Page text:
Intrusive thoughts live in our head rent-free. They are more than often fearful and disturbing. No matter how hard we try to remove them from our mind, they keep recurring again. These are bizarre and unwanted thoughts that are stuck in our minds and cause great distress. These unwanted thoughts are known as intrusive thoughts.
Intrusive thoughts are disturbing thoughts that seem to stick in your mind for a prolonged period of time. These thoughts are mostly distressful and arise anxiety in a person since the nature of these intrusive thoughts is painful and upsetting. These thoughts recur frequently which can eventually worsen the anxiety.
These thoughts seem to return from out of nowhere, arrive with a wheeze, and cause an enormous deal of hysteria and panic. These intrusive unwanted thoughts often focus on sexual or violent or socially unacceptable images. People who experience unwanted intrusive thoughts frequently are afraid that they can commit the acts they picture in their mind. They also fear that the thoughts mean something terrible about them or what they can become in the future.
Some unwanted intrusive thoughts contain repetitive doubts about relationships, decisions small as well as important, sexual orientation or identity, intrusions of thoughts about safety, religion, death or worries about questions that cannot be answered with certainty. Sometimes these are simply weird thoughts that make no apparent sense. Unwanted Intrusive thoughts are often very explicit, and lots of people are ashamed and worried about them, and thus keep them secret.
However, the intrusive thoughts are harmless as long as they are recognized as mere thoughts only and does not affect your day to day actions. If you find yourself fixating over these unwanted thoughts and desire to act upon them, we suggest you check in with a psychotherapist.
Intrusive thoughts are mostly by-products of other medical conditions like severe anxiety disorder or, Obsessive-Compulsive Disorder (OCD). It is often a major symptom of Post-Traumatic Stress Disorder (PTSD), Bipolar Disorder, or, Attention Deficit-Hyperactive Disorder (ADHD) or, psychosis.
Listed below are some intrusive thoughts examples
Intrusive thoughts can be violent sometimes. The patients of intrusive unwanted thoughts may think of hurting themselves or others. Although usually there is no intent behind it, these thoughts randomly pop in one’s head. It causes a great deal of anxiety and the patient may fear that they might end up hurting themselves or someone else.
This is a very common symptom of anxiety disorder and Obsessive-Compulsive Disorder (OCD). New mothers experiencing post-partum disorder may also have thoughts about harming their baby even when they do not intend to.
However, if you do have such intrusive thoughts and is having trouble controlling the aggression, emotion management is suggested. If you are thinking about self-harming, we urge you to contact the Suicide Prevention Hotline at 9152987821 (iCall).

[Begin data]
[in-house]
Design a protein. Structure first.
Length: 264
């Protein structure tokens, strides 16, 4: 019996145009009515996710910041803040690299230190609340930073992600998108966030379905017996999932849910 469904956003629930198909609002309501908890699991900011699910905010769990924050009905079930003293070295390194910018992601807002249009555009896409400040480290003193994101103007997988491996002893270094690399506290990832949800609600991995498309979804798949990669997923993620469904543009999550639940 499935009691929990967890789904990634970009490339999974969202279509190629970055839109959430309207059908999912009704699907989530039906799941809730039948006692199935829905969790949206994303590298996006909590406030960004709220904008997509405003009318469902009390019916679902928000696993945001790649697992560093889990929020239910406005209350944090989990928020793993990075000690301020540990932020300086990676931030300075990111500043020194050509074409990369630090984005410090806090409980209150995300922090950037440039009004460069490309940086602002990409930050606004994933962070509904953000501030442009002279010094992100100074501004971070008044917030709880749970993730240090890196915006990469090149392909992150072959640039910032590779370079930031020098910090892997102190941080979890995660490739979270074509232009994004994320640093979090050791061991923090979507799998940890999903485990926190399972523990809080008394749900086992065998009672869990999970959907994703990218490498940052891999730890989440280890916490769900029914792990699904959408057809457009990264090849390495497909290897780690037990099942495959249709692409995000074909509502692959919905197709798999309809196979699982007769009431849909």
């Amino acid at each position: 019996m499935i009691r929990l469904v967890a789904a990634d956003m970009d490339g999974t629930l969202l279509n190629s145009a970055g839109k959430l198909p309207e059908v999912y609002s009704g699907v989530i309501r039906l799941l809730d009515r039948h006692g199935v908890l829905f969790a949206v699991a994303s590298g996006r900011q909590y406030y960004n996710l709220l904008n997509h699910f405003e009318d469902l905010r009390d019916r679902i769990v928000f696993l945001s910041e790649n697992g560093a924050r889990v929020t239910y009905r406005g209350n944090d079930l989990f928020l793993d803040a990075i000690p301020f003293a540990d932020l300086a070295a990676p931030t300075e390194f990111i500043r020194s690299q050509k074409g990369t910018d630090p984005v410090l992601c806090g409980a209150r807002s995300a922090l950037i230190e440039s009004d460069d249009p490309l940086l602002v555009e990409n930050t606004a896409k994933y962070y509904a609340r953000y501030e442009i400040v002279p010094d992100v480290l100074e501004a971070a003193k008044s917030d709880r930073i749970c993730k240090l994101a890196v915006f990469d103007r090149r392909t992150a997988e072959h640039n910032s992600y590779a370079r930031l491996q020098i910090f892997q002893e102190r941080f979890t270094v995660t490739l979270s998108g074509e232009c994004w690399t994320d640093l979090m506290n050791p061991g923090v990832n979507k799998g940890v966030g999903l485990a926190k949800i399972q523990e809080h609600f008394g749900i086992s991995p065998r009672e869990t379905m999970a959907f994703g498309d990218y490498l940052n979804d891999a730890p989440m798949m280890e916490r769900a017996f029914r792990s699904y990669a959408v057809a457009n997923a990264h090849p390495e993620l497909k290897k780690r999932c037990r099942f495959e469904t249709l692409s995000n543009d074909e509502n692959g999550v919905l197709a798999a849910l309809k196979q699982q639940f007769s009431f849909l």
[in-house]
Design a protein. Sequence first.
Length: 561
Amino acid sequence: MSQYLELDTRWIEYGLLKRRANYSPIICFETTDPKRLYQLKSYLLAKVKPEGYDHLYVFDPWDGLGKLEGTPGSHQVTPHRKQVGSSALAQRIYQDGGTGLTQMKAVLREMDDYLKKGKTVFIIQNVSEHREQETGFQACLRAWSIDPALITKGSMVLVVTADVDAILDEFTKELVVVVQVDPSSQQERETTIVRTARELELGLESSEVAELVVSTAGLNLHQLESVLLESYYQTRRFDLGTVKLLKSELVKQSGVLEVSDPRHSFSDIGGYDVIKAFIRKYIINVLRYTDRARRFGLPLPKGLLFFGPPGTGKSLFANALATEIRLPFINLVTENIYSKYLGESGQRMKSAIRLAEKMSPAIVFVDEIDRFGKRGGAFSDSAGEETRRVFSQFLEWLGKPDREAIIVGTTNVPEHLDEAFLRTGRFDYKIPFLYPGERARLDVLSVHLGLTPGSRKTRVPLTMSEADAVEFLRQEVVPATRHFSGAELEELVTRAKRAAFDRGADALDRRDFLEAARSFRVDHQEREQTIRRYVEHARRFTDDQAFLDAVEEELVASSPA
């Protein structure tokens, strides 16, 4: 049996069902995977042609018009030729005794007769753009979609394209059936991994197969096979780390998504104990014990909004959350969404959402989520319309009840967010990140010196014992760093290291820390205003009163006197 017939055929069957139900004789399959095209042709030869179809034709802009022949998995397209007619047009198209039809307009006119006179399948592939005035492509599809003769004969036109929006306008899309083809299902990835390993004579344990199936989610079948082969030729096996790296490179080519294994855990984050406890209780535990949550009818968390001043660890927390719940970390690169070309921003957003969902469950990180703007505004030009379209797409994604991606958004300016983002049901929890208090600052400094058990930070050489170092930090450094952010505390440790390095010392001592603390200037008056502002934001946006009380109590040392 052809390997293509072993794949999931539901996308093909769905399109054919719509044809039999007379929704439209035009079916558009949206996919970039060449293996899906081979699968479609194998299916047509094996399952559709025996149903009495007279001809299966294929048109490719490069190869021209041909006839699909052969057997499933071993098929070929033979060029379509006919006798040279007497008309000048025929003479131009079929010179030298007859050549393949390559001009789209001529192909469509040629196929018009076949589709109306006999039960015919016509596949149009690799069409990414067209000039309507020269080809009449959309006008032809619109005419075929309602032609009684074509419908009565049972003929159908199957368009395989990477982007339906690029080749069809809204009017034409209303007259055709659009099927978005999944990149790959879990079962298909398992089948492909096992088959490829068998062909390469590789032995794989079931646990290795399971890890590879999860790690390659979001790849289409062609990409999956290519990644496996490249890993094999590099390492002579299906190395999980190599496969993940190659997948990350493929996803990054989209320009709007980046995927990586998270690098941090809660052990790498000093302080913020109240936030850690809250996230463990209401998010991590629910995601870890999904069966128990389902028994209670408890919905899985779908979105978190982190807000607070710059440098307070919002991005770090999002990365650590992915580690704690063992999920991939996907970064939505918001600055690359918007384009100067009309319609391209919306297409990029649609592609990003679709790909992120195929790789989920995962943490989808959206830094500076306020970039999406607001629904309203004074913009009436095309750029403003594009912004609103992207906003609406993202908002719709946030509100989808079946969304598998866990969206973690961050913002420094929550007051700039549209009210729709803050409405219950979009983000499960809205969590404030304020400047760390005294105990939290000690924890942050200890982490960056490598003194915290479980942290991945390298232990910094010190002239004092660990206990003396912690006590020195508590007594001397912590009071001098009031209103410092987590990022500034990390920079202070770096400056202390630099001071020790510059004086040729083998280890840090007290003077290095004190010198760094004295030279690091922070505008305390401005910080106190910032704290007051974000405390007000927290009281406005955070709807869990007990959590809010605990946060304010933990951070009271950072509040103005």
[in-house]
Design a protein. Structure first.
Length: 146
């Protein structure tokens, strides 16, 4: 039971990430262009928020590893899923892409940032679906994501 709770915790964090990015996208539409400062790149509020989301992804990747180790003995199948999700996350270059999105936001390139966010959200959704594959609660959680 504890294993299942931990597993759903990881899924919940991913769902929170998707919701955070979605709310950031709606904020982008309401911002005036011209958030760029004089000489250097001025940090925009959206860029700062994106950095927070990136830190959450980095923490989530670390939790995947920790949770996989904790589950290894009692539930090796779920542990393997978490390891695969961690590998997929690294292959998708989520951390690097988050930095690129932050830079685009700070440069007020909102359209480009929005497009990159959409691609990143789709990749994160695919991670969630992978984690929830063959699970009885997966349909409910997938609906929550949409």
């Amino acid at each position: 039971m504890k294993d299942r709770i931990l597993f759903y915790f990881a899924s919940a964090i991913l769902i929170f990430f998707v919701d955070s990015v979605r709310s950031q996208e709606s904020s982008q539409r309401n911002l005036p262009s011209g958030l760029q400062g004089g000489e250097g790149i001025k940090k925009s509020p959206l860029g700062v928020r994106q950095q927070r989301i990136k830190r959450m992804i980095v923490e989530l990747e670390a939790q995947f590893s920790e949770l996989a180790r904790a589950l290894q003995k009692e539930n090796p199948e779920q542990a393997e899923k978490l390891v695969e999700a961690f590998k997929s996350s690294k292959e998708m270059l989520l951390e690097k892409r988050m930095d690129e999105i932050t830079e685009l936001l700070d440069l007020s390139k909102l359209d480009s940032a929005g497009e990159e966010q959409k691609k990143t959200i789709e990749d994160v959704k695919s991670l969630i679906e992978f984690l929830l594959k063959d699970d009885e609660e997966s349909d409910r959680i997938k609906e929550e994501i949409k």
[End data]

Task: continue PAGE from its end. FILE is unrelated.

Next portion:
It is common human behavior, irrespective of gender, to think about sex (unless you are asexual, which is also a normal sexual orientation.) However, society has stigmatized sex to such an extent that we often feel ashamed of our basic libido. Intrusive sexual thoughts can often make one feel bad about themselves, making them think they might be bad people.
In such a case, one must remember that these are simply thoughts and should try not to fixate on it. To question one’s gender and sexuality is quite normal even though it can be stressful.
Frequent delusional thoughts, which are bizarre and paranoid is a basic symptom of psychosis. Psychosis is a mental health condition where one finds it difficult to accept the reality. For example, you might fear that someone is trying to harm you or poison you. If this condition worsens, one may even start seeing or hearing things that no one else does. Psychosis can lead to schizophrenia or bipolar disorder. Sometimes, the action of drugs may also cause psychosis.
Negative thoughts about oneself is a basic sign of depression. These thoughts lead to conversations with oneself which are often degrading. A person suffering from acute depression may be seen stuck on thoughts like, “I am a loser.”, “I mean nothing to others. Nobody cares for me.”, “I am incompetent” and similar conversations. The intent behind these self-degrading conversations can be strong and these intrusive thoughts may start appearing as facts.
These are just a few examples of intrusive thoughts. Any unpleasant thought that may cause a fixation can be termed as intrusive.
Intrusive thoughts can be treated either by therapy or hypnosis or through medication.
Medicines approved for the treatment of OCD, ADHD or Depression can treat the intrusive thoughts from recurring. Antidepressants like Clomipramine, Fluoxetine, Paroxetine can help ease out intrusive thoughts.
Many patients do not wish to take medication due to its side-effects. In such cases, doctors suggest Cognitive Behavioural Therapy or CBT. It helps the patients to strategise situations and manage their unwanted and negative feelings and thoughts. CBT is an extremely effective method to get rid of intrusive thoughts.
Acceptance and Commitment Therapy is a form of CBT that specifically focuses on accepting your own thoughts and feelings for what they are and try to modify them. Acceptance, along with mindfulness helps in developing more flexible thinking. It helps the sufferers to accept these unwanted intrusive thoughts without giving them much importance to fixate their mind on it.
Although the action of hypnosis to resist intrusive thoughts is not as robust as the action of medicine and therapy, it is used to treat patients with OCD.
Myths about Intrusive Thoughts:
Also Read: How To Get Rid Of Suicidal Thoughts?